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The Science of Justice: A Matter of Opinion?

Wednesday, September 10, 2014
6:30 pm - 8:00 pm

We’ve seen the headlines. Two men, falsely convicted of rape and murder, freed last week after DNA evidence finally cleared them, after thirty-one years in prison. An unarmed teenager, shot and killed by a police officer in Ferguson, Missouri. In these cases, and countless others, forensic science is front and center in the effort to reach justice. But do we expect too much from forensic science? How best to use forensics, a science that will always have a degree of uncertainty, to make life-or-death decisions? And when it comes to assigning culpability, are we ignoring the science of human psychology, which underlies the swirl of perceptions we rely on our brains to sort out?

The World Science Festival, in collaboration with the New York Hall of Science, invites you to join a provocative discussion about the shortcomings of our criminal justice system. Among the participants is Pulitzer prize winning journalist Jim Dwyer, author of “False Conviction: Innocence, Guilt & Science,”  which vividly details the shortcomings of forensics with shocking examples of justice denied.

Join this fascinating conversation and be part of our “jury” as we test our audience’s powers of observation and analysis.

This program is supported by the Alfred P. Sloan Foundation as part of its Public Understanding of Science and Technology Initiative. Presented in collaboration with the New York Hall of Science and in partnership with the Benjamin N. Cardozo School of Law.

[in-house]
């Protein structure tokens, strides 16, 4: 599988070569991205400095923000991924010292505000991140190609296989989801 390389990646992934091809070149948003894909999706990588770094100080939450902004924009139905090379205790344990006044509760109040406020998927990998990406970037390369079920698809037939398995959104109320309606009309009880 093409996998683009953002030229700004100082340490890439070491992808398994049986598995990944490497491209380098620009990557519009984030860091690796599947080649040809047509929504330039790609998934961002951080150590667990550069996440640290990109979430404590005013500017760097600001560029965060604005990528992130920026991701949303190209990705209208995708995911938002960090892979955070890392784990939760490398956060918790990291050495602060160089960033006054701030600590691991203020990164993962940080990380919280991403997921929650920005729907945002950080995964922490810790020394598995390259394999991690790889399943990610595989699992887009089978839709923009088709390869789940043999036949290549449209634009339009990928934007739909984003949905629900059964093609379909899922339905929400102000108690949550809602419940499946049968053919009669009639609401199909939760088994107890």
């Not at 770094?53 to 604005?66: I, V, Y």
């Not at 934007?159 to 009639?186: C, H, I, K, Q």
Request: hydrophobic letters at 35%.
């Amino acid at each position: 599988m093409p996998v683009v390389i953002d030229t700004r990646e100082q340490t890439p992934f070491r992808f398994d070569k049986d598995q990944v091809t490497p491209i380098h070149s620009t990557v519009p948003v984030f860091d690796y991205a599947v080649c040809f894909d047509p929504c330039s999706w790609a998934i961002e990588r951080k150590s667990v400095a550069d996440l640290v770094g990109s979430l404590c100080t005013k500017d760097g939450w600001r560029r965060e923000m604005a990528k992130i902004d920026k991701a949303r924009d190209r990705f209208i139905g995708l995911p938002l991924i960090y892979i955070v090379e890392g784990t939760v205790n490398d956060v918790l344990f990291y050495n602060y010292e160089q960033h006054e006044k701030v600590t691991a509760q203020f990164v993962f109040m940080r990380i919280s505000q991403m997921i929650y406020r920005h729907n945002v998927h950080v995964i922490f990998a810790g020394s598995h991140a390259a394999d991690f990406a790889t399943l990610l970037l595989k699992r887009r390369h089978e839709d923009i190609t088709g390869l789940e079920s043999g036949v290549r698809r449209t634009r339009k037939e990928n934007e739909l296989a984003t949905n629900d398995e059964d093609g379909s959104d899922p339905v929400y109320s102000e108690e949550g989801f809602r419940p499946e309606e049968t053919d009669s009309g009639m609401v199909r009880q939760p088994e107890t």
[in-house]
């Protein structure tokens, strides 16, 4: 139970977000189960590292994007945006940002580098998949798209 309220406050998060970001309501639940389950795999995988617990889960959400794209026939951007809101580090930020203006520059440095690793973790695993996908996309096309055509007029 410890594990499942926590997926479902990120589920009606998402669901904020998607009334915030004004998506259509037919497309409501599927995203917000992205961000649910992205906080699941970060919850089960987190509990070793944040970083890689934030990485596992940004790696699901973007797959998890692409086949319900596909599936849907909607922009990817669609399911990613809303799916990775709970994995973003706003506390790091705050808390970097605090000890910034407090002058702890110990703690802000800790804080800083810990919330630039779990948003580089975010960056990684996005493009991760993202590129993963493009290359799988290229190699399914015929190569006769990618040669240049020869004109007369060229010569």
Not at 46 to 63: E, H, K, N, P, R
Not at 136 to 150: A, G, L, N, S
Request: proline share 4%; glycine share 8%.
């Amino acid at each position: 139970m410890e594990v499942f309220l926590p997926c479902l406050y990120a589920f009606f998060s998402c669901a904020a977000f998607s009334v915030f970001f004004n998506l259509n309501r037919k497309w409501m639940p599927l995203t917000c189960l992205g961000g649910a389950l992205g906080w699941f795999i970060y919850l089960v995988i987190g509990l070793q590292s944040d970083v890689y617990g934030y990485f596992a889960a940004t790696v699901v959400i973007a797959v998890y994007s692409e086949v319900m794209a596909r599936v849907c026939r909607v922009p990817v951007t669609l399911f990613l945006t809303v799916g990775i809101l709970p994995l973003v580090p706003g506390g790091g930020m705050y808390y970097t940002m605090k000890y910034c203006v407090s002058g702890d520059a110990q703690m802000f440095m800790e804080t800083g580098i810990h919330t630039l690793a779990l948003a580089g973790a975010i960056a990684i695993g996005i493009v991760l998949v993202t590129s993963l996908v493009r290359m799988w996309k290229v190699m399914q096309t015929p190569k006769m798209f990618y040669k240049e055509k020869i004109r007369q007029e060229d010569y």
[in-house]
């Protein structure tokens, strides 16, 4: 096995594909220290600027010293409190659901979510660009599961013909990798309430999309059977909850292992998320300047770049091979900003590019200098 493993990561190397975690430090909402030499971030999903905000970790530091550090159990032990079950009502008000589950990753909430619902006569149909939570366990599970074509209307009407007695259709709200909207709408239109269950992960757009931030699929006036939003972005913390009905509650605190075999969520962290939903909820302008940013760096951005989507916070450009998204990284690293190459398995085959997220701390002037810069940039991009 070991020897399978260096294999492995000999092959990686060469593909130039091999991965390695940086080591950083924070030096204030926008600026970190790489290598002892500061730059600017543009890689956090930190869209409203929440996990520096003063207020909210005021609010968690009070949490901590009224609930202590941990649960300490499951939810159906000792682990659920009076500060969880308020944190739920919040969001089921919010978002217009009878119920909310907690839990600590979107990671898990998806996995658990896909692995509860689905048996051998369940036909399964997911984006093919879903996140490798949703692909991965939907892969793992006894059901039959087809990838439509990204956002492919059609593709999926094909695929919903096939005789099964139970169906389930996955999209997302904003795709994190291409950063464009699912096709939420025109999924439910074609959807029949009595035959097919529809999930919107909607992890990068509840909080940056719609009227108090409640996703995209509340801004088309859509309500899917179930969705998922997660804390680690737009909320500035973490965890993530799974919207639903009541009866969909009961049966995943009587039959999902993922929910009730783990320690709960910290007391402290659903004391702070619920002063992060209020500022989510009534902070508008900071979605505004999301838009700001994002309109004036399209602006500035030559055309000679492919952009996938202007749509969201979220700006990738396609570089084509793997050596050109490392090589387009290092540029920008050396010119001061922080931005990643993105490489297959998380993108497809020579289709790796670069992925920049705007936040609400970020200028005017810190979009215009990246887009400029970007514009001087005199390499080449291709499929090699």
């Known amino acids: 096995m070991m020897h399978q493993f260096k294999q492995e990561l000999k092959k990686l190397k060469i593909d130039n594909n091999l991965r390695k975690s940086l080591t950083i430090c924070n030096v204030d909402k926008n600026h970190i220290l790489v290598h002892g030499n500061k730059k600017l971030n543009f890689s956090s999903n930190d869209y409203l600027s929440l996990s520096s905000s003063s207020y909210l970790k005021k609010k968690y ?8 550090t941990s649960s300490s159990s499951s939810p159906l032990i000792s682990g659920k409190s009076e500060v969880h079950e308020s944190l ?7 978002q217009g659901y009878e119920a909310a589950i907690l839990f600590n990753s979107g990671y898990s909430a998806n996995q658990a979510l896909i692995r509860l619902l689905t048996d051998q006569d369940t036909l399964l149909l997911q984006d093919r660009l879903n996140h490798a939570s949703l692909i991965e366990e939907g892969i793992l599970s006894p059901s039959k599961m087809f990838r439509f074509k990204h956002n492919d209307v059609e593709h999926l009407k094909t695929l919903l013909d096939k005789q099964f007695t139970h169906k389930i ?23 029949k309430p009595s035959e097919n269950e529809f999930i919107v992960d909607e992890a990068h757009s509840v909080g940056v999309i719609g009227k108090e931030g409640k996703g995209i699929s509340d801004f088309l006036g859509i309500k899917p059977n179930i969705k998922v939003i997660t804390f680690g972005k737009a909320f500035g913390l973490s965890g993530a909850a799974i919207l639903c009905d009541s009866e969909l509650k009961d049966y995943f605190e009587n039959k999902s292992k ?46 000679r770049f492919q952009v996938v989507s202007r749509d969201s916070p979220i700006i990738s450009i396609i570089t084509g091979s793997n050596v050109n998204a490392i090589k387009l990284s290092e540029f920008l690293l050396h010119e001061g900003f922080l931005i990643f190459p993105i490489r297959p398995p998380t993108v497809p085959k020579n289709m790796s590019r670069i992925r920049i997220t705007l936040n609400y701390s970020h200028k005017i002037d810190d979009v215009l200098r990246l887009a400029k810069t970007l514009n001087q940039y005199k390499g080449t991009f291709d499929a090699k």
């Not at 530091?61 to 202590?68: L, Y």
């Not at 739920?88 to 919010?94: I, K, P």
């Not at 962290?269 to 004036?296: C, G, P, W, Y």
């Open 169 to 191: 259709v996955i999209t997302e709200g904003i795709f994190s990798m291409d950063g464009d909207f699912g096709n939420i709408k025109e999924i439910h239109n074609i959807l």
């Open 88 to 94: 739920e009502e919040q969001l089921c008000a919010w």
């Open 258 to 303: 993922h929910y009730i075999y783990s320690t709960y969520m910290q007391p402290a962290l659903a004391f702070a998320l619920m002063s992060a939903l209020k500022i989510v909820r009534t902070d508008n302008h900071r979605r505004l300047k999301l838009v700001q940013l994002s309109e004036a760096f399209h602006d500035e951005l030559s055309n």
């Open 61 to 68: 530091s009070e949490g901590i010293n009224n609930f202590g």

Moderator

Jami FloydJournalist, Legal Affairs and Political Analyst

Jami Floyd is an award-winning journalist and national television personality. She is the former anchor of Court TV’s Jami Floyd: Best Defense, a daily live show that tackled the day’s front-page legal stories.

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Participants

Jim DwyerJournalist, Author

Jim Dwyer is a columnist with The New York Times, winner of the Pulitzer Prize for commentary, and a finalist for the National Book Award. He is the author or co-author of six books. His latest, False Conviction: Innocence, Guilt & Science is an electronic book using video, animations, and text to explore the science behind errors in criminal investigations.

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Saul KassinPsychologist

Saul Kassin is Distinguished Professor of Psychology at John Jay College of Criminal Justice. Kassin pioneered the scientific study of false confessions to help prevent and correct wrongful convictions. He created the first laboratory research methods used in forensic psychology to study the problems with certain types of police interrogation techniques and why innocent people confess.

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Peter NeufeldLawyer

Peter Neufeld, a nationally recognized civil-rights lawyer, has spent over thirty-five years trying cases on behalf of victims of police misconduct and wrongful convictions. These trials have led to numerous substantial verdicts and settlements and caused systemic criminal-justice reforms.

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Mechthild PrinzForensic Scientist

Mechthild Prinz is currently an Associate Professor and the Director of the Master in Forensic Science Program at John Jay College of Criminal Justice in New York City.

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Eric SiegelDirector and Chief Content Officer at the New York Hall of Science

Eric Siegel leads the program, exhibition development, science and technology functions at the New York Hall of Science. He has been in senior roles in art and science museums for over 30 years and has published extensively in the museum field.

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Ekow N. YankahProfessor of Law

Ekow N. Yankah is a Professor of Law at Benjamin N. Cardozo School of Law. He holds degrees from the University of Michigan, Columbia University School of Law, and a post-graduate degree from Oxford University, where he was awarded a Lord Crewe Scholarship.

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